Review: CounterSpy (PS4/PS3/PSV/PSTV)



  • PlayStation 4
  • PlayStation 3
  • PlayStation Vita


  • PlayStation TV Compatible Yes
  • Cross-Buy Yes
  • Cross-Save Yes
  • Cross-Play No
  • Cross-Chat No
Title: CounterSpy
Format: PlayStation Network Download (PS4 1.5 GB) / (PS3 1.3 GB) / (PSV 538 MB)
Release Date: August 19, 2014
Publisher: SCEA
Developer: Dynamighty
Original MSRP: $14.99 *This is a Cross-Buy title
ESRB Rating: E10+
CounterSpy is available on PlayStation 4, PlayStation 3, PS Vita, iOS and Android.
The PlayStation 4, PlayStation 3 and PS Vita versions were used for this review.
A copy of this game was provided by the publisher for review purposes.
PS Nation Review Policy.

Think The Man From U.N.C.L.E. or In Like Flint. For you younger folks, think about the early scenes in Austin Powers. Cold War espionage in the 50’s and 60’s was portrayed with a unique style and look, and CounterSpy captures it perfectly. Most of the game is played in a traditional 2D sense, sneaking through air ducts, hanging from ledges, and performing karate chops on unsuspecting enemies after you’ve snuck up behind them.


Two superpowers both have atomic capabilities, and you’ve been tasked to infiltrate compounds on both sides to acquire documents such as missile blueprints, radio frequencies, and other vital information. As a spy, your weapons are decidedly compact and mostly built for stealth and small combat (with slight exceptions.) You get 4 slots to carry weapons during a mission, and 3 slots for “formulas” which can give abilities such as better resistance to damage, better aim, and even total silence when running. As you earn cash in your missions by finding objects, photos etc. hidden throughout the compounds, you’ll then be able to use that cash to buy more ammo, choose what formulas to use per mission, and even pay for new weapons once the blueprints have been acquired.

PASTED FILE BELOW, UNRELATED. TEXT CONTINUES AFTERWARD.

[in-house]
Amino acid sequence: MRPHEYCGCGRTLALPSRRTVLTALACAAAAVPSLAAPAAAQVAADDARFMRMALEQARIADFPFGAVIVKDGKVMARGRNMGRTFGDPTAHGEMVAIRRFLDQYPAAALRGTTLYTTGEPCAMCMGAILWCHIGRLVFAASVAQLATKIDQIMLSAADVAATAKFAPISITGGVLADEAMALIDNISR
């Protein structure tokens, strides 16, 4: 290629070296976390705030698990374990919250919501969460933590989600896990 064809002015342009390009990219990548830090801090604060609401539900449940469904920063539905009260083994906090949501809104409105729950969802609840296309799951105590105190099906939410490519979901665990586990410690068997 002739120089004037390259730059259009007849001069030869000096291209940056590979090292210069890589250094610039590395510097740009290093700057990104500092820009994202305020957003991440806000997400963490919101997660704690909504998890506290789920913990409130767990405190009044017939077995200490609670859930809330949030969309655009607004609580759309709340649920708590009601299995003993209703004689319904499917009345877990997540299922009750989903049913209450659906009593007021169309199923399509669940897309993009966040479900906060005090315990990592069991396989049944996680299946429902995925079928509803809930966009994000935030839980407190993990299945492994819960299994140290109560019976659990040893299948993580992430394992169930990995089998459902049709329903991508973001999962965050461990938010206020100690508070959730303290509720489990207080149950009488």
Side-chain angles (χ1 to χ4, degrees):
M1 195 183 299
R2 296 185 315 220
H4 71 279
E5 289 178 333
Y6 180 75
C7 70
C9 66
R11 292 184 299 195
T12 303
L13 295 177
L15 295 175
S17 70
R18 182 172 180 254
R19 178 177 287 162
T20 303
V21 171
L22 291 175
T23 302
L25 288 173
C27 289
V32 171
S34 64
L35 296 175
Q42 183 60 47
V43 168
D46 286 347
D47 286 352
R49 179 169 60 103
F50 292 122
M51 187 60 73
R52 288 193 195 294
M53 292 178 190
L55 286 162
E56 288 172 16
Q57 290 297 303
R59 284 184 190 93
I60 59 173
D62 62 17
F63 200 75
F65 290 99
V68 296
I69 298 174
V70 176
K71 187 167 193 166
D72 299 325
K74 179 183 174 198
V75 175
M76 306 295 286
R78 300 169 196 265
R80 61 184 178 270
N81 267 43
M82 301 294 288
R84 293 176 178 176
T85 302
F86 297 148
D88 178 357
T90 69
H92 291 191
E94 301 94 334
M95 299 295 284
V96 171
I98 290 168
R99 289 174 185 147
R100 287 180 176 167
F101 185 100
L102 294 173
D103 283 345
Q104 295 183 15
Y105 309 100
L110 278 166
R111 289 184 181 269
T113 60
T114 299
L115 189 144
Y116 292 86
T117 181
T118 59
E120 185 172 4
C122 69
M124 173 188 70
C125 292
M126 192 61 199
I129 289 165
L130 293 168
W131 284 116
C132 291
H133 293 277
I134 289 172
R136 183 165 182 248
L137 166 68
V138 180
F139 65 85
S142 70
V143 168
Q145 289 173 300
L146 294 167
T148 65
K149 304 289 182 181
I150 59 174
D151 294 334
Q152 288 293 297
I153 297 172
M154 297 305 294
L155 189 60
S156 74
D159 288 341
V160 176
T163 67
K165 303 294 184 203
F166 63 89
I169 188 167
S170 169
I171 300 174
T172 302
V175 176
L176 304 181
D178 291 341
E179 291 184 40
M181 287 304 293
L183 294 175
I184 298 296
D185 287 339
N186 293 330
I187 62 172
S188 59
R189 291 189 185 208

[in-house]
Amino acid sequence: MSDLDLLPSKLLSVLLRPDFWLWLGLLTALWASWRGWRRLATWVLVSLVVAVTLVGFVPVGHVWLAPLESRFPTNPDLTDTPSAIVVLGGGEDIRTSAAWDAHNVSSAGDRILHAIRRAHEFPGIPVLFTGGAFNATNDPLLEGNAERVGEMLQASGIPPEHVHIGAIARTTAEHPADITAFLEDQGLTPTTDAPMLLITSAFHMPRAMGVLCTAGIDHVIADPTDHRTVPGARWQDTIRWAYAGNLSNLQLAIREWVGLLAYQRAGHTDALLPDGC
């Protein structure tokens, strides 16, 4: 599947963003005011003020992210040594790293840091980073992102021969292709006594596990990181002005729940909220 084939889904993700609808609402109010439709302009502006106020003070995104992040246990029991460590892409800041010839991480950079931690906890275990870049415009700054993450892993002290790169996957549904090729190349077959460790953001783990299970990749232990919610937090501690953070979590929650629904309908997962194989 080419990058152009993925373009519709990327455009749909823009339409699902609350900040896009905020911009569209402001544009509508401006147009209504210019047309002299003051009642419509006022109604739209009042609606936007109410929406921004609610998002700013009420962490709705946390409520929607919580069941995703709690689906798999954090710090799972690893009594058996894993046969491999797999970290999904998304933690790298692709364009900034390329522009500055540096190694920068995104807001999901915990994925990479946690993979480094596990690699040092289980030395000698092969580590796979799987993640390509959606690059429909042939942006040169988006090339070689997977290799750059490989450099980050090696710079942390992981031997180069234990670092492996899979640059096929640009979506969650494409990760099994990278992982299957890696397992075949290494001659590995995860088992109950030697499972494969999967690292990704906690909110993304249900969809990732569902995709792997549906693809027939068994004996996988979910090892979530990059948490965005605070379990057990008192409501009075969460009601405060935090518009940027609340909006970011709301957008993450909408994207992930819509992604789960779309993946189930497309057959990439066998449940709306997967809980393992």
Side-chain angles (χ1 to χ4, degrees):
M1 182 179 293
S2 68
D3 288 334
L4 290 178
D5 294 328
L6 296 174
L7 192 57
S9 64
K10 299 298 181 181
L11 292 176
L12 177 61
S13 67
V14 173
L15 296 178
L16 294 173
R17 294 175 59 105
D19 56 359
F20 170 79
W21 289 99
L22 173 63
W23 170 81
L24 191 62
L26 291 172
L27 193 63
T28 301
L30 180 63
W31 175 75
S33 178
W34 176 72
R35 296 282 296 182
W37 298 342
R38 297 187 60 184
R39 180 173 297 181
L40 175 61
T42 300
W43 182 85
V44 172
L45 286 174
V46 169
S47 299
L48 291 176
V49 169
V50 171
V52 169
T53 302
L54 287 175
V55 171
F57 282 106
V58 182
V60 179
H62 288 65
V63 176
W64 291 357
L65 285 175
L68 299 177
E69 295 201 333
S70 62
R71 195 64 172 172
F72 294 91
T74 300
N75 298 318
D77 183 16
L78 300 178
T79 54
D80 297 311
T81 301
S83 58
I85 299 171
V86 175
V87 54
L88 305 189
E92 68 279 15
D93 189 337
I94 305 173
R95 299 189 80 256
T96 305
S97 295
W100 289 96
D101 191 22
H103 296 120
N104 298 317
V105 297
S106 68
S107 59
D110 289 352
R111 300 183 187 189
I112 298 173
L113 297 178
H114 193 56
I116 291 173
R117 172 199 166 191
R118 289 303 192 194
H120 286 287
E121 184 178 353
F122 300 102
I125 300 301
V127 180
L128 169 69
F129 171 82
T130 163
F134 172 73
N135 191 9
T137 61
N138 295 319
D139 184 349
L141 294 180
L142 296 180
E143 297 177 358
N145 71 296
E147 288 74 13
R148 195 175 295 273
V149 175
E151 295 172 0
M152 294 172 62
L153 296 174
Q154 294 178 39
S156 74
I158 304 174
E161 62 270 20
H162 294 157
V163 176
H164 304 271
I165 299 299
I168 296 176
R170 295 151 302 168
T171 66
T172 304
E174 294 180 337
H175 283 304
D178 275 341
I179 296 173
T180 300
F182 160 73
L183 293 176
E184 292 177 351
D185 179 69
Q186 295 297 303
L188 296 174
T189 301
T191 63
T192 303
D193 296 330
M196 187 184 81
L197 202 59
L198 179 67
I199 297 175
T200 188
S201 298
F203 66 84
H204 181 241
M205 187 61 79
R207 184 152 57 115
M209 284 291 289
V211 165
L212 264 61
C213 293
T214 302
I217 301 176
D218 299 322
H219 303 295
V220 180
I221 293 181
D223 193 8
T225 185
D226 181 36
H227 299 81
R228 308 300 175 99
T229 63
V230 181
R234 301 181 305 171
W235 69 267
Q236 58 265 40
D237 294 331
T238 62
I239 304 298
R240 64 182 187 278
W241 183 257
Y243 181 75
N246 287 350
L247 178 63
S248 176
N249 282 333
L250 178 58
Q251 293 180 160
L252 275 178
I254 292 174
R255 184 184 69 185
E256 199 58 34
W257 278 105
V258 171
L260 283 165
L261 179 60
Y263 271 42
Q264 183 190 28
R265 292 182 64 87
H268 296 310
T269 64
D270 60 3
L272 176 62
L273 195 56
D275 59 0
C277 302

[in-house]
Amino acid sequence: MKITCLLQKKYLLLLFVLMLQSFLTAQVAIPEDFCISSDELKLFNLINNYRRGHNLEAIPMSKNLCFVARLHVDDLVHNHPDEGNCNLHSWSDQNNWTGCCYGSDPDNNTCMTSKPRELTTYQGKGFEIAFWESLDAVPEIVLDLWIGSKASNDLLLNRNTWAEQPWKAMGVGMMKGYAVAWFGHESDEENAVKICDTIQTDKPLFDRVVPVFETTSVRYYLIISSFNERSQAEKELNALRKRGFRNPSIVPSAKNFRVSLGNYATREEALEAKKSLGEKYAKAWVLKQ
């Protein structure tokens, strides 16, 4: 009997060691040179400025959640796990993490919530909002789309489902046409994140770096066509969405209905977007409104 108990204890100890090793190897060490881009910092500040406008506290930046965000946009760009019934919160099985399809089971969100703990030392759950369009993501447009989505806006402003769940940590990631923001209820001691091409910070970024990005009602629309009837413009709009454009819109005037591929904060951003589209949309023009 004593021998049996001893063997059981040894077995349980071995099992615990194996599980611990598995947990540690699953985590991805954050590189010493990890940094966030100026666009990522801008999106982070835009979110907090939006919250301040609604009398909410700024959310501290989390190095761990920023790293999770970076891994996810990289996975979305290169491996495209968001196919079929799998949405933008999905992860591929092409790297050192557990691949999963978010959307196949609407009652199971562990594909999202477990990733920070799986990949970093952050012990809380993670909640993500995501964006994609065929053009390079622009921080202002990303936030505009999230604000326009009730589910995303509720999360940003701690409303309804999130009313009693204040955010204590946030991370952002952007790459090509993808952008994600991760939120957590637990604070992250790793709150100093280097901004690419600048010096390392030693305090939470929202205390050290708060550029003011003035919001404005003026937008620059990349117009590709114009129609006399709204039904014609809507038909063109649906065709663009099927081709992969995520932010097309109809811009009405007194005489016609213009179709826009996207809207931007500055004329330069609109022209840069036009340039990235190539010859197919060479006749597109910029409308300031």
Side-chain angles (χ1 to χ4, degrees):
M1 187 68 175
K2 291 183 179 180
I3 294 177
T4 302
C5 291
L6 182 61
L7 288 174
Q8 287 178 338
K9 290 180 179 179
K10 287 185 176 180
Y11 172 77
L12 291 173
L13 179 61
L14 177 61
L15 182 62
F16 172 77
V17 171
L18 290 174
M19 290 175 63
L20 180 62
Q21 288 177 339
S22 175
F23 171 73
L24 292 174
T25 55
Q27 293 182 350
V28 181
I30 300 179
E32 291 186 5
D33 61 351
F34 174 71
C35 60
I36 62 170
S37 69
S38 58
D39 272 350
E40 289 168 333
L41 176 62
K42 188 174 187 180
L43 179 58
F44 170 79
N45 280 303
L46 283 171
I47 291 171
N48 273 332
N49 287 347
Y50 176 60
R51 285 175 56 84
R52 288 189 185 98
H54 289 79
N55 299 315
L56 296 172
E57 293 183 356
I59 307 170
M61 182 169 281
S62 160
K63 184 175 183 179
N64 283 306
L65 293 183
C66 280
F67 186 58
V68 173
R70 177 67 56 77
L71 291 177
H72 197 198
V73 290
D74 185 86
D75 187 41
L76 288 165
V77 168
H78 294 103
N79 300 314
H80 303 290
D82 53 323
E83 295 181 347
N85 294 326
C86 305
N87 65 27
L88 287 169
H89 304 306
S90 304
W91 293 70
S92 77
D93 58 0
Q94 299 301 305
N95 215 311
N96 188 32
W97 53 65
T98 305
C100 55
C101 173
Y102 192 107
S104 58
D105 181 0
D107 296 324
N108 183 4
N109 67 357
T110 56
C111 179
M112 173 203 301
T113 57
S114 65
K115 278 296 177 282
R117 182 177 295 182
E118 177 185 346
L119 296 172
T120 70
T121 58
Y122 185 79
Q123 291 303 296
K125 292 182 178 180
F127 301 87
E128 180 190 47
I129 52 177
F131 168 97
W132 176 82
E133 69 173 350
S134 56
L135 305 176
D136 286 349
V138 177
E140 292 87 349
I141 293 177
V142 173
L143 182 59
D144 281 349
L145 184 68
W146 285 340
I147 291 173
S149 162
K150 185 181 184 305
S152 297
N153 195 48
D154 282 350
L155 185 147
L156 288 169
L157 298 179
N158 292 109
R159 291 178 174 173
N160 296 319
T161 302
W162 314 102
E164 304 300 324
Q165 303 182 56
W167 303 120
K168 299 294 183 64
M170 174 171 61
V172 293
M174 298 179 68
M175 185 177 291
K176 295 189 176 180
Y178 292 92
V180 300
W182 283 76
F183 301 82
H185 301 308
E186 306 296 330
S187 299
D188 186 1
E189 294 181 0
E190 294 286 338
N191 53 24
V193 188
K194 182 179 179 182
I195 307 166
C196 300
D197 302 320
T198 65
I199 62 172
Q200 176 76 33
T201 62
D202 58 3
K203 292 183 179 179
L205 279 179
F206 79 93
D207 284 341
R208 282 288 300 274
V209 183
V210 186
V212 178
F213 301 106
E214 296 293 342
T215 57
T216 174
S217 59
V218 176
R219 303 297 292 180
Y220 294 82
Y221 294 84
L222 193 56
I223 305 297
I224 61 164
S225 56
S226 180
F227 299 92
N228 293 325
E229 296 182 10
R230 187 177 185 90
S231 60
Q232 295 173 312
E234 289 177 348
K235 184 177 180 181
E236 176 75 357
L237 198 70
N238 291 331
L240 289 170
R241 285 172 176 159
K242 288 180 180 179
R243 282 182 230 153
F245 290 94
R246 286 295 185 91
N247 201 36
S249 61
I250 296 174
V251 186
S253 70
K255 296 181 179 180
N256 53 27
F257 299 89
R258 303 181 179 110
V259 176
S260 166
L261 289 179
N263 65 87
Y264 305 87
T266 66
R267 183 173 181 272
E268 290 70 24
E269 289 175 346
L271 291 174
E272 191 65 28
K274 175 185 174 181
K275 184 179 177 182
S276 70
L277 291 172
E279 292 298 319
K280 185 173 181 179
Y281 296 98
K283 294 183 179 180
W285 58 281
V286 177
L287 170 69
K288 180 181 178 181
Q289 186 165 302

One thing that sets CounterSpy apart from your typical 2D game though is that you’ll be able to go into a stationary 3D view when in cover at certain times, allowing you to control an aiming reticule for precision shots. Aiming is very easy to control and if you have patience you can even keep an aiming circle in a specific spot while you’re in cover. The longer you leave it be, the more accurate your first shot out of cover will be. This mechanic brings a lot to the game and is not only unique, but definitely makes you think more about how you’ll take the enemies down, since you’re not simply looking at a two-dimensional field anymore. When you get farther into the game, you’ll actually be able to use a dart gun that makes the victim fire on his own cohorts, and it’s quite fun to use.


Overall, stealth is key though, which normally doesn’t play to my strengths as a gamer. But in CounterSpy, the stealth element is straightforward and not a hindrance. The levels are randomly generated, so you’ll never get that “been there, done that” feeling when playing, and like the focused gameplay mechanics, you’ll get to focus on what’s really important, playing the game.

Controls are excellent on all three platforms and they never give you any frustration. Button presses are quite responsive, and things like jumping and climbing-down are extremely smooth. You even automatically duck down when you need to get into smaller areas. Levels hide all kinds of goodies so if you see some object blocking your view of a wall, walk over to it because there’s probably a hidden area or air duct right behind it. The best part too is that there’s no time limit, so you can play at your own pace.